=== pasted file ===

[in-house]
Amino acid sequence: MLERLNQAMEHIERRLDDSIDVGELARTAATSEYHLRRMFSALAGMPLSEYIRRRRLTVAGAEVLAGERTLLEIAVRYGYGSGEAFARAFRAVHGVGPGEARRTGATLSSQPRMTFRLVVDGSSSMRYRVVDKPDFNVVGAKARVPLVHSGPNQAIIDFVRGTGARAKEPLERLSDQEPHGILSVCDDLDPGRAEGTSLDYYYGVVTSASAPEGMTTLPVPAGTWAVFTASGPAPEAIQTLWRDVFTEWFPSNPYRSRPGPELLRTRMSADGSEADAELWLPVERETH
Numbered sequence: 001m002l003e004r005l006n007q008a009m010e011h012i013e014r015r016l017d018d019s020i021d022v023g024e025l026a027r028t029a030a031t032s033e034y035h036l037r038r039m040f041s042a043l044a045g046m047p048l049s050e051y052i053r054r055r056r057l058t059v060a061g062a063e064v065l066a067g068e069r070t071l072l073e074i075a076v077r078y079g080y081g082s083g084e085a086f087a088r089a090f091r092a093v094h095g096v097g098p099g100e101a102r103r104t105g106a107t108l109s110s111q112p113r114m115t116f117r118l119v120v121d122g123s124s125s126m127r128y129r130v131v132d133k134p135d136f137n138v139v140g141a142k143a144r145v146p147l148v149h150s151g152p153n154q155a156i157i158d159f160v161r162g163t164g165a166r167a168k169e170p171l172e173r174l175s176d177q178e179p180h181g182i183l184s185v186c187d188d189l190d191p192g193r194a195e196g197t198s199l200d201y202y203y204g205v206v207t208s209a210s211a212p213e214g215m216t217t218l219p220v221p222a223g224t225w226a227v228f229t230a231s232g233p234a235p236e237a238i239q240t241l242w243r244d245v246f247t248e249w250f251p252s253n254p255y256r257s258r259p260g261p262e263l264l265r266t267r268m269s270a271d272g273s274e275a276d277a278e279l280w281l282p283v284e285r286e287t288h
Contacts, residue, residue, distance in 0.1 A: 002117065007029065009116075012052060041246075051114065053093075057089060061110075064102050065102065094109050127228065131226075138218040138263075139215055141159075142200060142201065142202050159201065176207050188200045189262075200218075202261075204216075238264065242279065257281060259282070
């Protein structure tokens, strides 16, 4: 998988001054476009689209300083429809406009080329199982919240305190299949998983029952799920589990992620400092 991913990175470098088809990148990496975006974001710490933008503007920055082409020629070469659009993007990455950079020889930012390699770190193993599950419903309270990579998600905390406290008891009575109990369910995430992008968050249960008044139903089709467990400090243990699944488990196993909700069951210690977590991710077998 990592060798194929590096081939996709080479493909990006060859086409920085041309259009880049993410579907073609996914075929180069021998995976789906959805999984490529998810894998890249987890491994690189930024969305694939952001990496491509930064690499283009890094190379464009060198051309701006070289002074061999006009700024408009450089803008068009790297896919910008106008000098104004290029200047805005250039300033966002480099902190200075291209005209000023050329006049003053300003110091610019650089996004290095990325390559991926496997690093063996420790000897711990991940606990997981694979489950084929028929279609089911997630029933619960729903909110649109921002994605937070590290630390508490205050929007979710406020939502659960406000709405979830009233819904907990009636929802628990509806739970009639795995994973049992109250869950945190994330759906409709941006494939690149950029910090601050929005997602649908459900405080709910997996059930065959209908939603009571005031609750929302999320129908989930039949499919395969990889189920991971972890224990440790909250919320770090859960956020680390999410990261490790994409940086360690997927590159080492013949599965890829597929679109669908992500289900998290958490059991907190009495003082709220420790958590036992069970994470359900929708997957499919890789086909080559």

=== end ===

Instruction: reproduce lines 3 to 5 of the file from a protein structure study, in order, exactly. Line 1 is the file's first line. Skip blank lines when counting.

Numbered sequence: 001m002l003e004r005l006n007q008a009m010e011h012i013e014r015r016l017d018d019s020i021d022v023g024e025l026a027r028t029a030a031t032s033e034y035h036l037r038r039m040f041s042a043l044a045g046m047p048l049s050e051y052i053r054r055r056r057l058t059v060a061g062a063e064v065l066a067g068e069r070t071l072l073e074i075a076v077r078y079g080y081g082s083g084e085a086f087a088r089a090f091r092a093v094h095g096v097g098p099g100e101a102r103r104t105g106a107t108l109s110s111q112p113r114m115t116f117r118l119v120v121d122g123s124s125s126m127r128y129r130v131v132d133k134p135d136f137n138v139v140g141a142k143a144r145v146p147l148v149h150s151g152p153n154q155a156i157i158d159f160v161r162g163t164g165a166r167a168k169e170p171l172e173r174l175s176d177q178e179p180h181g182i183l184s185v186c187d188d189l190d191p192g193r194a195e196g197t198s199l200d201y202y203y204g205v206v207t208s209a210s211a212p213e214g215m216t217t218l219p220v221p222a223g224t225w226a227v228f229t230a231s232g233p234a235p236e237a238i239q240t241l242w243r244d245v246f247t248e249w250f251p252s253n254p255y256r257s258r259p260g261p262e263l264l265r266t267r268m269s270a271d272g273s274e275a276d277a278e279l280w281l282p283v284e285r286e287t288h
Contacts, residue, residue, distance in 0.1 A: 002117065007029065009116075012052060041246075051114065053093075057089060061110075064102050065102065094109050127228065131226075138218040138263075139215055141159075142200060142201065142202050159201065176207050188200045189262075200218075202261075204216075238264065242279065257281060259282070
């Protein structure tokens, strides 16, 4: 998988001054476009689209300083429809406009080329199982919240305190299949998983029952799920589990992620400092 991913990175470098088809990148990496975006974001710490933008503007920055082409020629070469659009993007990455950079020889930012390699770190193993599950419903309270990579998600905390406290008891009575109990369910995430992008968050249960008044139903089709467990400090243990699944488990196993909700069951210690977590991710077998 990592060798194929590096081939996709080479493909990006060859086409920085041309259009880049993410579907073609996914075929180069021998995976789906959805999984490529998810894998890249987890491994690189930024969305694939952001990496491509930064690499283009890094190379464009060198051309701006070289002074061999006009700024408009450089803008068009790297896919910008106008000098104004290029200047805005250039300033966002480099902190200075291209005209000023050329006049003053300003110091610019650089996004290095990325390559991926496997690093063996420790000897711990991940606990997981694979489950084929028929279609089911997630029933619960729903909110649109921002994605937070590290630390508490205050929007979710406020939502659960406000709405979830009233819904907990009636929802628990509806739970009639795995994973049992109250869950945190994330759906409709941006494939690149950029910090601050929005997602649908459900405080709910997996059930065959209908939603009571005031609750929302999320129908989930039949499919395969990889189920991971972890224990440790909250919320770090859960956020680390999410990261490790994409940086360690997927590159080492013949599965890829597929679109669908992500289900998290958490059991907190009495003082709220420790958590036992069970994470359900929708997957499919890789086909080559």